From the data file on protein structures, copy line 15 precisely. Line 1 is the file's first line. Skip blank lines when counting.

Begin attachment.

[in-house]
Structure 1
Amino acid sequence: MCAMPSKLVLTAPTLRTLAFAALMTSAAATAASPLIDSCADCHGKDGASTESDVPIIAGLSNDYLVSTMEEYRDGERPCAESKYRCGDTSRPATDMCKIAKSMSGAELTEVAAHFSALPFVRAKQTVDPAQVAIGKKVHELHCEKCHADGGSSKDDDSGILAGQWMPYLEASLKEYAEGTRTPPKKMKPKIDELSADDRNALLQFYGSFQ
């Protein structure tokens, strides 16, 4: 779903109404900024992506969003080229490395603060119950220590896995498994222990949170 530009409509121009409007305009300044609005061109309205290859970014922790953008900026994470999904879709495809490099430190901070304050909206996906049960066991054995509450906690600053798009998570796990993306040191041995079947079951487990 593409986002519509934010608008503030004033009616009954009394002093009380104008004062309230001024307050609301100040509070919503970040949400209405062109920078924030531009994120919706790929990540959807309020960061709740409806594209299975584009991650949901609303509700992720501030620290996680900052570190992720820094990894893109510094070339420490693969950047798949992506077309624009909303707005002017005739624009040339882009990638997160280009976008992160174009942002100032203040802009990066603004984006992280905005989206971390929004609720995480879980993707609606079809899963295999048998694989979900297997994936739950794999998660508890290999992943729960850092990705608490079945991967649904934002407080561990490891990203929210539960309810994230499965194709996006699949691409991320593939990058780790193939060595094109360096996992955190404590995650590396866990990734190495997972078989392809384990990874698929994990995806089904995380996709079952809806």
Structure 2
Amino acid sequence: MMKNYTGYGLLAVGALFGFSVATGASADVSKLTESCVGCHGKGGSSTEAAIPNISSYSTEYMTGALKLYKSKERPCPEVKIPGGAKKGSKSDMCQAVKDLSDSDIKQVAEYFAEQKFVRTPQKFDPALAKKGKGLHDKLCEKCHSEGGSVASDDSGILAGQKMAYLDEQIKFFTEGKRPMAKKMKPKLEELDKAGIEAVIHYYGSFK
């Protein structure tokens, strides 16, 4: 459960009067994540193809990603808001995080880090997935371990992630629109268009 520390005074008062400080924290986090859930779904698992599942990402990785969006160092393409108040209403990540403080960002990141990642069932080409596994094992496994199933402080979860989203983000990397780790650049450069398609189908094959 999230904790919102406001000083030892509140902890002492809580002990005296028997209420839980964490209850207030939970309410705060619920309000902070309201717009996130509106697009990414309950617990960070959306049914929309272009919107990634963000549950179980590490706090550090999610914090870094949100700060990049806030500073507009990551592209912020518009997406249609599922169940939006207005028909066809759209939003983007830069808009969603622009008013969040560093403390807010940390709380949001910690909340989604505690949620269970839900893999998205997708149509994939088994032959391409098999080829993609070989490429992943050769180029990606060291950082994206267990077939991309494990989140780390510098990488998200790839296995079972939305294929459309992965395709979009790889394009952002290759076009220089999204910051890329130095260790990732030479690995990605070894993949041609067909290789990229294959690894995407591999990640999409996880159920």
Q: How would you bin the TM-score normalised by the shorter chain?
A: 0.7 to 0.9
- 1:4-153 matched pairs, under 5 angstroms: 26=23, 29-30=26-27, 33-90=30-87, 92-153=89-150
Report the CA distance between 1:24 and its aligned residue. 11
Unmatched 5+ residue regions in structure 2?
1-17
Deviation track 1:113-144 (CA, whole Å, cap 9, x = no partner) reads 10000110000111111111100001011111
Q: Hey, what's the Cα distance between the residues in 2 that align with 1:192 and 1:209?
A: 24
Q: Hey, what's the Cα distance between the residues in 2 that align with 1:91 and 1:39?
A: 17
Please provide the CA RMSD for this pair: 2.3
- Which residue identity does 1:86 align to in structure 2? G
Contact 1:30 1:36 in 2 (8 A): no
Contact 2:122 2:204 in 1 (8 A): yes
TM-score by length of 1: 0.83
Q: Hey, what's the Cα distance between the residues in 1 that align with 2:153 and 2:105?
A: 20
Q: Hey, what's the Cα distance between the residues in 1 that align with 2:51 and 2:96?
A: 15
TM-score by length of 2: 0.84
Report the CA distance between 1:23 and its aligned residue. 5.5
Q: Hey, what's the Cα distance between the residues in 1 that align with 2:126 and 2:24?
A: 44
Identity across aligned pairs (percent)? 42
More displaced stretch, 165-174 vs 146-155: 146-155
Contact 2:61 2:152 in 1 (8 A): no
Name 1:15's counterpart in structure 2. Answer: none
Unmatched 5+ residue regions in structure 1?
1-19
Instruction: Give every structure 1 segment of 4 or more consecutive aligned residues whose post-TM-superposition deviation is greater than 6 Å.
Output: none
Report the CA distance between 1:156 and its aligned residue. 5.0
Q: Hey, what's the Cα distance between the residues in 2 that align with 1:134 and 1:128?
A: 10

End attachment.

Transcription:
Q: Hey, what's the Cα distance between the residues in 2 that align with 1:192 and 1:209?